Groan. More camels! And not just any camels, these were much bigger and nastier than the first ones we encountered. When we got to the camel station, we opted for some slightly smaller camels in the hopes that they would be tamer. Instead we discovered they had small-guy syndrome and compensated for lack of size with wildness.
I took the ride of my life when my camel, whose legs were hobbled, became hell bent on bucking me off. He was tilting back and forth, dipping his head down, reaching back to bite me, spitting, and letting out this guttural roar—I barely hung on and avoided getting thrown onto my head!
I'll admit to having a small panic attack. Jeff says it was the most freaked out he has ever seen me which, considering we climbed Everest together and have been on countless other adventures, is quite a statement. When I'm biking, kayaking, climbing, or skiing, I have a sense of control. But the animals during this race were unpredictable and downright dangerous. After that, we made a team decision to lead the camels instead of trying to ride them for the 3.8 miles to the olive mill. I would rather run twenty miles through the desert than get back on one of those beasts again!
Assembling the raft out of the barrels wasn't much of a challenge. And it didn't take us long to figure out an efficient system for paddling and steering into the nasty headwind. Just hunker down and get 'er done.
At this point in the competition, we are starting to get to know some of the other teams. Sure we race hard all day but spend time together at night talking and telling stories. Sometimes we cooperate, like when the Gypsies helped us out after Ike's GPS went on the fritz during this stage. The Country Boys proved themselves to be true country gentleman as well. After the rafting section, we had about a mile of off-trail running in our wetsuits to the camp. When I arrived, I was exhausted and covered with hundreds of stickers from the bushes. One of the Country Boys pulled me aside, got down on his knees and started pulling the stickers out of my wetsuit—it was such a nice gesture of kindness.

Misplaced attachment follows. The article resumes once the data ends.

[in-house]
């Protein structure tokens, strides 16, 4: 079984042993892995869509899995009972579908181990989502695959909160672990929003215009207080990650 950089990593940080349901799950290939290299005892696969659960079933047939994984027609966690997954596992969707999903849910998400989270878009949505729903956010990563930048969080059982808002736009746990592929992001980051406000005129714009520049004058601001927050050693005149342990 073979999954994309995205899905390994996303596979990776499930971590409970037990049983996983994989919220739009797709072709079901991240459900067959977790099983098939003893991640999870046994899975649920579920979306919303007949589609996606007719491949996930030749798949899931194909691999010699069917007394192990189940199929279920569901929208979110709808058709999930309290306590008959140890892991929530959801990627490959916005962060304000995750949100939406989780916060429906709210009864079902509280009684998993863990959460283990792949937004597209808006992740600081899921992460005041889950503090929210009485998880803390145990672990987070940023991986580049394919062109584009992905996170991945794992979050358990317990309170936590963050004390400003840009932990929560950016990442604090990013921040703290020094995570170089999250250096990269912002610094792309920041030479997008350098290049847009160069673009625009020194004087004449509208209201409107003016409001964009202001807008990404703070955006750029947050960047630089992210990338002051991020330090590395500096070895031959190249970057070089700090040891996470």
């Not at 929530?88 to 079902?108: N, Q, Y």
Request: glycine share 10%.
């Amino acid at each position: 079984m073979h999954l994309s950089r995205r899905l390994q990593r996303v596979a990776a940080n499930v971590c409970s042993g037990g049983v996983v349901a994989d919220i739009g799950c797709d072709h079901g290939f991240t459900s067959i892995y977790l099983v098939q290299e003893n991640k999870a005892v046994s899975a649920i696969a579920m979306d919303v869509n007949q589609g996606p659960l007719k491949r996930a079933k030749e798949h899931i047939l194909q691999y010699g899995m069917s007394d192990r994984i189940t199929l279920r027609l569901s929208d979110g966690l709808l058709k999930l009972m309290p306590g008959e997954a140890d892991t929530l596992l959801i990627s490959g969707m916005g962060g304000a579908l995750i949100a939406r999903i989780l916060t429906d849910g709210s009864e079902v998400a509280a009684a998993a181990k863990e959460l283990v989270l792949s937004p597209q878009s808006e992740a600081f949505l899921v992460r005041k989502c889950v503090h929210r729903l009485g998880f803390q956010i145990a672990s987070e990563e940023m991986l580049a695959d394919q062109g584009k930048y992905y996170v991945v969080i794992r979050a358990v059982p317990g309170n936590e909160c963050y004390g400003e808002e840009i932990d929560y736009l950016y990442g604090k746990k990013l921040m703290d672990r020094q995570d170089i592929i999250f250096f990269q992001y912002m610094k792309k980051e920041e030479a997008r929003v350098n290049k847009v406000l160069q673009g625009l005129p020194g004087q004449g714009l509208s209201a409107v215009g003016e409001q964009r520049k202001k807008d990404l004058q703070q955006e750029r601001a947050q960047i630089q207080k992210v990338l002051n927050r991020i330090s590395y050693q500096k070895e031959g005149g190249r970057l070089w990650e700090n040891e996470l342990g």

It seems the majority of the challenges are stacked against Team No Limits since I can't help with things like counting snakes, finding hidden objects on a map, or solving the scroll-a-pole. Thankfully, Jeff and Ike have been up to the tasks so we haven't lost any critical amounts of times... unlike some teams.
The next day's decision to take the 4.1-mile riverbed instead of the 3.3-mile brutal hike was a no-brainer. The two teams that decided to take the "short cut" paid a heavy price. We were psyched to come in second and it's now becoming obvious which teams are in the race for the long haul.
Next up... the Atlas Mountains. I think our chances are pretty good! Please leave a comment on how you like Expedition Impossible so far.
Re: Expedition Impossible - Behind the Scenes, Episodes 2 and 3Posted by Burrichter on 7/14/2011 at 11:50 AM
Keep up the good work, Erik! I've been watching the show and it fills me with pride to see you participating to the best of your abilities with your team. Several of my colleagues are blind, and I know they are just as capable as anyone else. It's wonderful for this message to be broadcast for the world to see.
Re: Expedition Impossible - Behind the Scenes, Episodes 2 and 3Posted by 505407 on 8/5/2011 at 2:21 AM
Hi! My name is Kristin and I live in Denver. I am so glad I started watching because Kelsey Fuller, Team Kansas, is one of my former students. Since they have gone home, I have been cheering on No Limits. You all are amazing and inspirational! And I found out recently that you and I have mutual friends as well. Keep up the good work!
Re: Expedition Impossible - Behind the Scenes, Episodes 2 and 3Posted by pucaboomba [http://www.yepi-juegos.com] on 1/4/2013 at 2:15 AM
Me alegro de que me encontré con esto. Me alegro de haber tomado el tiempo para leer sobre el pasado del primer párrafo. Usted tiene mucho que decir, mucho que ofrecer.